Since the P-channel device receives a negative output from the positive peak detector 23, the device 21 will provide a lower impedance as the input voltage is made more positive because the gate to channel voltage is increasing. In a similar manner, the N-MOS transistor 22 will exhibit a lower impedance as the input is made more negative as controlled by the negative peak detector 24. Hence, for given signal magnitudes emanating from the signal source 20, the transistors 21 and 22 operate to provide symmetrical variable impedances during the positive and negative peaks of the input signal. In this manner the parallel combination of the P-channel and N-channel devices will assure that a proper impedance is always in shunt with the controlled terminal T of this circuit to maintain the peak to peak signal level at terminal T constant. This impedance is extremely linear due to the fact that it is a parallel combination of the P- and N- channel impedances, and that the P- and N- channel non-linearities are opposite and tend to cancel. The circuit does not require class A operation and based on the symmetrical impedance variation provides linear gain control. Thus the circuit as shown in FIG. 2 is more effective than the prior art circuits due to the fact that both the N-channel and P-channel devices as 21 and 22 operate independently based on the positive and negative peaks of the input AC signal and therefore more accurate control is assured.
As indicated above, the N-channel and P-channel devices are preferably matched as much as possible so that non-linearities tend to cancel. In this manner both devices as 21 and 22 are fabricated by the same integrated circuit techniques on the same substrate, therefore assuring that the characteristics will in fact be matched.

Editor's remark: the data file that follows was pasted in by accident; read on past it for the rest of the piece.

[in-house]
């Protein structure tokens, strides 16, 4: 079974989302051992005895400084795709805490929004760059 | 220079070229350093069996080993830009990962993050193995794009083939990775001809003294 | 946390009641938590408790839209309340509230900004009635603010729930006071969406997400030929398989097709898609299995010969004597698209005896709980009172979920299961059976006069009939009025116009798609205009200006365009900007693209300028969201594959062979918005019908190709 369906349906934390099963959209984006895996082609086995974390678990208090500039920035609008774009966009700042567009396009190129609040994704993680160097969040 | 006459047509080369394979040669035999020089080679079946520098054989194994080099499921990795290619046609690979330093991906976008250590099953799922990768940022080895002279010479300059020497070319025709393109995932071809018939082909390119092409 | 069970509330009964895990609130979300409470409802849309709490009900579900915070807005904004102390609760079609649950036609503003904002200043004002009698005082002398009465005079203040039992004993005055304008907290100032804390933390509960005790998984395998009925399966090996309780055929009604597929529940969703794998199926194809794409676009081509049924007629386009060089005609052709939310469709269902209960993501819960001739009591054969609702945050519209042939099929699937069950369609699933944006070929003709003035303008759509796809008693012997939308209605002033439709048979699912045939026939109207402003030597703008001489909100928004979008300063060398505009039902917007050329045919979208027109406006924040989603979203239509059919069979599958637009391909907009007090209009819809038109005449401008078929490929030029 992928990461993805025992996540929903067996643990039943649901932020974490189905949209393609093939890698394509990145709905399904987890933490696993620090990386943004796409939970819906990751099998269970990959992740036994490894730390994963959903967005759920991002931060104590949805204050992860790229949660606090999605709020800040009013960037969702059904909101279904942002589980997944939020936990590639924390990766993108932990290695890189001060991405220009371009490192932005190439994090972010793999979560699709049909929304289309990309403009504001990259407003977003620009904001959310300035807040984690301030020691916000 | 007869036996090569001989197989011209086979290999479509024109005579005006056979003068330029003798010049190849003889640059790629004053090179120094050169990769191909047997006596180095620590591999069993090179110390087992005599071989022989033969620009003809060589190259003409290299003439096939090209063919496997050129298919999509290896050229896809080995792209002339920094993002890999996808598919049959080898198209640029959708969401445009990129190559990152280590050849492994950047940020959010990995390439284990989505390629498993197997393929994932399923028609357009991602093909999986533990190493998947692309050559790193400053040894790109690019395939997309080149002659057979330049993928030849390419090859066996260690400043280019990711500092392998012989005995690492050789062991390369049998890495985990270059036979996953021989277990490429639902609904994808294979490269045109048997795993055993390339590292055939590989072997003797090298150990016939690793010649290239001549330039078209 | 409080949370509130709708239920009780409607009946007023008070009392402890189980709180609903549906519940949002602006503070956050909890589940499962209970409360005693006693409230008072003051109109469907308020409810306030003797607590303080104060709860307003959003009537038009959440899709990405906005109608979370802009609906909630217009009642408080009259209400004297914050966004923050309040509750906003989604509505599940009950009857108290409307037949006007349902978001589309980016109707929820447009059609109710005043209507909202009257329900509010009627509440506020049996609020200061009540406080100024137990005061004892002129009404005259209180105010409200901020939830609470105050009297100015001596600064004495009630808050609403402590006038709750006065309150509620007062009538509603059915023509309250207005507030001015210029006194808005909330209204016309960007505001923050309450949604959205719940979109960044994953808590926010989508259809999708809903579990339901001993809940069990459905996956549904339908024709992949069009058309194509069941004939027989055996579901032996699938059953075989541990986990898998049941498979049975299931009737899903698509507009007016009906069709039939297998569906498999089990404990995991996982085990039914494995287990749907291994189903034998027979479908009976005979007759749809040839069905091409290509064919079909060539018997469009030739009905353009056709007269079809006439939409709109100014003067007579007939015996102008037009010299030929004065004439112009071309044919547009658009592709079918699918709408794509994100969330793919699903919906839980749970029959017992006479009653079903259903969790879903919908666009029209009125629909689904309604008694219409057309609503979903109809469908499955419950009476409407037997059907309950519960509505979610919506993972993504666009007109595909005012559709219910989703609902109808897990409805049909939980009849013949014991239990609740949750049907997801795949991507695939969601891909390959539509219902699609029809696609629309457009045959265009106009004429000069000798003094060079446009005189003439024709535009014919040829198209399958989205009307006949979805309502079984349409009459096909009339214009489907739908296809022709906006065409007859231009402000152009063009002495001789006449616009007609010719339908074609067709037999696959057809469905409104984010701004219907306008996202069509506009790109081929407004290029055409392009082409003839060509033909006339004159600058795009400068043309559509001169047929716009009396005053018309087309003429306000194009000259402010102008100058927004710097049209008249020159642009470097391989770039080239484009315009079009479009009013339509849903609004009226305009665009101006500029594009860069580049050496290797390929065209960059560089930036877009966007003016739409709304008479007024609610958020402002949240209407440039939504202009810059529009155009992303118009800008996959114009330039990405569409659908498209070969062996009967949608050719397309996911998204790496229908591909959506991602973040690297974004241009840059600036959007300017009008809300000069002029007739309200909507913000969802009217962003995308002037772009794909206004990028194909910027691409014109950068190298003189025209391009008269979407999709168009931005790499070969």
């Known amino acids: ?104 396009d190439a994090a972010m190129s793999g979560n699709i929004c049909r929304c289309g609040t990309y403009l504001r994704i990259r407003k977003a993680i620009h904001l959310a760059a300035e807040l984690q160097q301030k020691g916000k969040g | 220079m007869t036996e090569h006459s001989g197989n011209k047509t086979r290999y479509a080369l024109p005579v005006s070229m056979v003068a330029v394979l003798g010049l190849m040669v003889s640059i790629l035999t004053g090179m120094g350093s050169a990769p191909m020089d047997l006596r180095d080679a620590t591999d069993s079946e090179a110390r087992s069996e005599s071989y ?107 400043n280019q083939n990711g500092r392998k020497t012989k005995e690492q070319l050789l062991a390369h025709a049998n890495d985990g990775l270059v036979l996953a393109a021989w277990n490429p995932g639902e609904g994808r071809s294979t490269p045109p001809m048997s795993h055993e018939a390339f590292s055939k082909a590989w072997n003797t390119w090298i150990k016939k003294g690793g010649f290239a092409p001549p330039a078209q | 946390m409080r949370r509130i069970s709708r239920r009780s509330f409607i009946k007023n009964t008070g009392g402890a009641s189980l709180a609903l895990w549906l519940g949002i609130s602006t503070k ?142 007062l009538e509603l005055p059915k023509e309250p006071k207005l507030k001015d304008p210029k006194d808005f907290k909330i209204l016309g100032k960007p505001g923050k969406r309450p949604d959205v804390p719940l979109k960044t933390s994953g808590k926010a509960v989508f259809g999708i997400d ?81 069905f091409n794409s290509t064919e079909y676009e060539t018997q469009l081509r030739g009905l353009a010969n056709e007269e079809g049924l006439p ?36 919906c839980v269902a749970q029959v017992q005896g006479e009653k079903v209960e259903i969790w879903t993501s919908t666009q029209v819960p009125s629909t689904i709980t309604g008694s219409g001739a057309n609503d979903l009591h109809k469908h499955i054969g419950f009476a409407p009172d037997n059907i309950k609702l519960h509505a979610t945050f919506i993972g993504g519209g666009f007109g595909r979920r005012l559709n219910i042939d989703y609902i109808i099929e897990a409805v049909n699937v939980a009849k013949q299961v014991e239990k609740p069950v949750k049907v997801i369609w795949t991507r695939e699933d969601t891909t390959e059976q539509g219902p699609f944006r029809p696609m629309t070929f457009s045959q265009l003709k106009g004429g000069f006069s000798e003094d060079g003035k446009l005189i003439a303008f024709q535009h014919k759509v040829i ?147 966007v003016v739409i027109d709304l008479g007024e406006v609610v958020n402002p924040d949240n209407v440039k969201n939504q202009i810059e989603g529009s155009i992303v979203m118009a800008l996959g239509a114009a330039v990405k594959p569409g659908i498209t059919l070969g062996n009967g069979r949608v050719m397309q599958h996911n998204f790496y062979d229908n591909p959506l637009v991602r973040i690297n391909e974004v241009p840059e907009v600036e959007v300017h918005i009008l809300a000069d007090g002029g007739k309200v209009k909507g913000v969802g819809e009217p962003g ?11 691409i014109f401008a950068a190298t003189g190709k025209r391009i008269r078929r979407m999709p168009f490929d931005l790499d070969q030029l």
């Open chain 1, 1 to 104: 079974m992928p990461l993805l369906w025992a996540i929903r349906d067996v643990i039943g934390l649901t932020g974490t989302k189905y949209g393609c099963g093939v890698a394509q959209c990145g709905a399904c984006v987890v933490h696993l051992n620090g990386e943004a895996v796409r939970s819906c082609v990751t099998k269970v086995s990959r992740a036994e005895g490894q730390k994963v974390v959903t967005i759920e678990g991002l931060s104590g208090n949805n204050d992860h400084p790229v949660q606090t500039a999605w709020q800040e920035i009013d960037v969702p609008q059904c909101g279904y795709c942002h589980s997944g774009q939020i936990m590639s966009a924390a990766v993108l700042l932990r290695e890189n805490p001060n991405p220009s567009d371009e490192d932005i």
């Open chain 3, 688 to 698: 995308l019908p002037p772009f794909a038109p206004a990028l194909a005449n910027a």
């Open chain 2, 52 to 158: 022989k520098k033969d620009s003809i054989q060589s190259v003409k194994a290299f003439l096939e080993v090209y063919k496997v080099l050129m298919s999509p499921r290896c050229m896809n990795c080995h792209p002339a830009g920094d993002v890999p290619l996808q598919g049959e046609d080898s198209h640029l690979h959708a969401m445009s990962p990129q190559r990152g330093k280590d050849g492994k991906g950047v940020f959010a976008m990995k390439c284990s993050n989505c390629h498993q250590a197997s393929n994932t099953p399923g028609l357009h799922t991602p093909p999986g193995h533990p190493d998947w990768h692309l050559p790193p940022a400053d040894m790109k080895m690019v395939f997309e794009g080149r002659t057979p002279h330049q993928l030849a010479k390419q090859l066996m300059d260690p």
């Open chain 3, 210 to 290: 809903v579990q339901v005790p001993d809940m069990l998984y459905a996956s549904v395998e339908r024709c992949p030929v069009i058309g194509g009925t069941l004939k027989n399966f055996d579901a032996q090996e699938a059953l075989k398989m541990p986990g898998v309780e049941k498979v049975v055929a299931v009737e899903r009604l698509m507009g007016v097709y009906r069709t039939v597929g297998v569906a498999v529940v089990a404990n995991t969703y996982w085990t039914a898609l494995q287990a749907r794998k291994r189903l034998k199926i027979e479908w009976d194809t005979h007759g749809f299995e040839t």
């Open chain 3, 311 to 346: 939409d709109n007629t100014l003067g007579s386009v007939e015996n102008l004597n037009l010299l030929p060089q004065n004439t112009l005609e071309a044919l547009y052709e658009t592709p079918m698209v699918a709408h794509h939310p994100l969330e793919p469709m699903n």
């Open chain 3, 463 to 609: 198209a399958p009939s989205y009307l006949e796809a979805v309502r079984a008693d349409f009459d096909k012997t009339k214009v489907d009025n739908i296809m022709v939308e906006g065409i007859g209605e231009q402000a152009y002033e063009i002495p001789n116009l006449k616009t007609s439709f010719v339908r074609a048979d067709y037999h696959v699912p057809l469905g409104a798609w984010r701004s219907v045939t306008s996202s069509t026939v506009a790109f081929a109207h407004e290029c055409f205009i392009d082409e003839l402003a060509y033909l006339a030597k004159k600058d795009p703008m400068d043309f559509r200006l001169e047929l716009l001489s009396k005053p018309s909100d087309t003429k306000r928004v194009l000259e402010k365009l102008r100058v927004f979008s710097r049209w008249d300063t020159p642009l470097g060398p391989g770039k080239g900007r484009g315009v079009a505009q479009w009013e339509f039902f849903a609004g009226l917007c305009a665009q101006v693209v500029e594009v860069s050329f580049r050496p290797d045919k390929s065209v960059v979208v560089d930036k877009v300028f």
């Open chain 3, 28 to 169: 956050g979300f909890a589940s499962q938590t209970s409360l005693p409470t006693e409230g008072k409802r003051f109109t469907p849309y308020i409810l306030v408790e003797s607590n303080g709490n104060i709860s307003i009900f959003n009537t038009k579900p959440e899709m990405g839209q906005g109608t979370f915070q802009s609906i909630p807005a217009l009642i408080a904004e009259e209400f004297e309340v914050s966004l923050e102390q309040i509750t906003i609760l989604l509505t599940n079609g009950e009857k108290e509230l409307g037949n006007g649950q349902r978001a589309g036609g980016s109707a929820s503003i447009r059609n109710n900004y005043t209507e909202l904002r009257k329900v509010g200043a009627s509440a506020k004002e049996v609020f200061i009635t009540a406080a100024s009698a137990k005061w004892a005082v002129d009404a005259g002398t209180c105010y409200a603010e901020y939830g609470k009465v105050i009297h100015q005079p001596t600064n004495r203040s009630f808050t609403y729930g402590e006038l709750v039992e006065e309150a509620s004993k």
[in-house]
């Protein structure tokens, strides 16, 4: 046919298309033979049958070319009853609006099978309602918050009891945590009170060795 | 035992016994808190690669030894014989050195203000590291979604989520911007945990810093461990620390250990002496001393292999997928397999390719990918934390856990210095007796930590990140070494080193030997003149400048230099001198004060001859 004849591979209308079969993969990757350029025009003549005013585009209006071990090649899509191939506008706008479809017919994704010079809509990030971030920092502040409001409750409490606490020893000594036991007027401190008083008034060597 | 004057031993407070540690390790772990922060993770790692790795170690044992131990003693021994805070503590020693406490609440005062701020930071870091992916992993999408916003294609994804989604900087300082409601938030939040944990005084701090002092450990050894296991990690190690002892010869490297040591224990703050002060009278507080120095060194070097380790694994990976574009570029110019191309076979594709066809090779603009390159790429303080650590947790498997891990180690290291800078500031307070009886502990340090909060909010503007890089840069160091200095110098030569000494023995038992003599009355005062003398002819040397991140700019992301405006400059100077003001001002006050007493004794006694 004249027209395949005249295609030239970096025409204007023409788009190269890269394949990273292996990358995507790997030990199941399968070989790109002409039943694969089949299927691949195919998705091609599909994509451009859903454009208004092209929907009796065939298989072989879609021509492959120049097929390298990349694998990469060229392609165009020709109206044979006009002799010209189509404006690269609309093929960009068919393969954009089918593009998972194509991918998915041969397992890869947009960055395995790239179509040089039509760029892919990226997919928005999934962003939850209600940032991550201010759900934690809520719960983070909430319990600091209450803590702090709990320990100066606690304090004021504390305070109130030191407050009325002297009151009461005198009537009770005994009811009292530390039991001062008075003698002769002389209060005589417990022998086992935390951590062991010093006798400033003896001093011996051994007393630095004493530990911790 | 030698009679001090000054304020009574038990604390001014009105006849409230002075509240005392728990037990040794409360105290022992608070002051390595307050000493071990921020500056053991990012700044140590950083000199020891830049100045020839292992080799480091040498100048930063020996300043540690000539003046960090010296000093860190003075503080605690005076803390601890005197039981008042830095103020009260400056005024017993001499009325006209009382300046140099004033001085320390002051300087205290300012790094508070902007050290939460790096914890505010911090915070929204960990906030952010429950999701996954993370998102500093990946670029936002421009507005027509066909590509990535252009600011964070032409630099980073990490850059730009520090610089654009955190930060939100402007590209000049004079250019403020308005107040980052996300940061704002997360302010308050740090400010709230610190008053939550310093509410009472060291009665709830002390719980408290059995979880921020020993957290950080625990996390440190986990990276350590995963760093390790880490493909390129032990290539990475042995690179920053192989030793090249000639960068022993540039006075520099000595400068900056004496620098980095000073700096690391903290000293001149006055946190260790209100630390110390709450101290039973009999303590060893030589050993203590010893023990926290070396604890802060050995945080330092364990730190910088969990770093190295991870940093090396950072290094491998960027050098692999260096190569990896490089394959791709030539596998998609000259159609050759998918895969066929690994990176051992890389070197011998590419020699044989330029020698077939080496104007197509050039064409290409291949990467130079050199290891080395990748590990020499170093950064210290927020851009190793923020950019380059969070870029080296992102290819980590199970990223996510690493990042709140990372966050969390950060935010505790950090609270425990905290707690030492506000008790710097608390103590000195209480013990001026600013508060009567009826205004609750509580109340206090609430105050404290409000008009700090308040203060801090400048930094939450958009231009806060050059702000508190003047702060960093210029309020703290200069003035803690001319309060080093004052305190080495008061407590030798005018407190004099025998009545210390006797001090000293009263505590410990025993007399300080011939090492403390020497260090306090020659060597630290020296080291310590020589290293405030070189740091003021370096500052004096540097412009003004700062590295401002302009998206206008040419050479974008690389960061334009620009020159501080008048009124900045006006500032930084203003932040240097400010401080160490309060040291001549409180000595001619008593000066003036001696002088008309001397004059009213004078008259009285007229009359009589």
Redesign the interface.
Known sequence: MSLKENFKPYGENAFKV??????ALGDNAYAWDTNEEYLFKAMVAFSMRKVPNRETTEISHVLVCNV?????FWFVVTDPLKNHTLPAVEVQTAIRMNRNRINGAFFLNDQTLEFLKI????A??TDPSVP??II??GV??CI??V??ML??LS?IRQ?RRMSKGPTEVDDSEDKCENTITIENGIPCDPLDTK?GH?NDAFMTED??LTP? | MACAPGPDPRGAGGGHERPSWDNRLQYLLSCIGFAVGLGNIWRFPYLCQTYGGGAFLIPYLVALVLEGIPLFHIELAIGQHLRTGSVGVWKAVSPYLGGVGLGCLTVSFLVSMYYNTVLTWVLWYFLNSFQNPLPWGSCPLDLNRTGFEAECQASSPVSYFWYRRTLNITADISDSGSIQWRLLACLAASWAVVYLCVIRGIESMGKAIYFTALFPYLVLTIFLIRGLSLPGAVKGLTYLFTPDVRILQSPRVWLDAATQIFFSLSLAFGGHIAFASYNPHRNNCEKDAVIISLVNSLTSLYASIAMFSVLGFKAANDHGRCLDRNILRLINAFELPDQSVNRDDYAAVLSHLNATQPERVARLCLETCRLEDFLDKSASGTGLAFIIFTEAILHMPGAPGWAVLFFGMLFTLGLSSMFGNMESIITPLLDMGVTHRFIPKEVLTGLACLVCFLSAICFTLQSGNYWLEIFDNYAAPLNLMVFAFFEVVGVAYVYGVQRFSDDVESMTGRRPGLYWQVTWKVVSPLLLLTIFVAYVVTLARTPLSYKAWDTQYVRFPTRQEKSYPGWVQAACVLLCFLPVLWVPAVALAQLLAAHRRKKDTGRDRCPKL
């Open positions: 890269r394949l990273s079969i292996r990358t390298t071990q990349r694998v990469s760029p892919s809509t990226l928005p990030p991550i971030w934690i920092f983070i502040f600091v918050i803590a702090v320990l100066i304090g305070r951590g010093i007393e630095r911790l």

Referring to FIG. 3 there is shown a more detailed circuit schematic of a gain control apparatus employing a P-channel and N-channel device in parallel to afford linear input to output transfer characteristics over a relatively wide range. As seen in FIG. 3 there is again an AC signal source 30 which is AC coupled via capacitor 31 and resistor 32 to terminal T. The source to drain path of the P-channel transistor 34 is in parallel with the source to drain path of the N-channel device 35 and both paths are connected in parallel with resistor 33 between terminal T and a point of reference potential designated as Vcc /2. This potential sets the DC level for the circuit. Terminal T also has coupled thereto the input of an amplifier 44. Again, amplifier 44 may be omitted as above indicated. The output of the amplifier 44 is the output of this circuit and is directed to one input of a positive comparator 42 and one input of a negative comparator 43. Each comparator receives a suitable reference potential as + and - and provides an output when the peak of the signal from amplifier 44 exceeds the positive or negative reference. As is known, a comparator can be biased to respond to either positive or negative peaks to provide an output when the threshold reference level is exceeded. Each comparator, as is understood, is followed by a peak detector including the diode and capacitor as above indicated.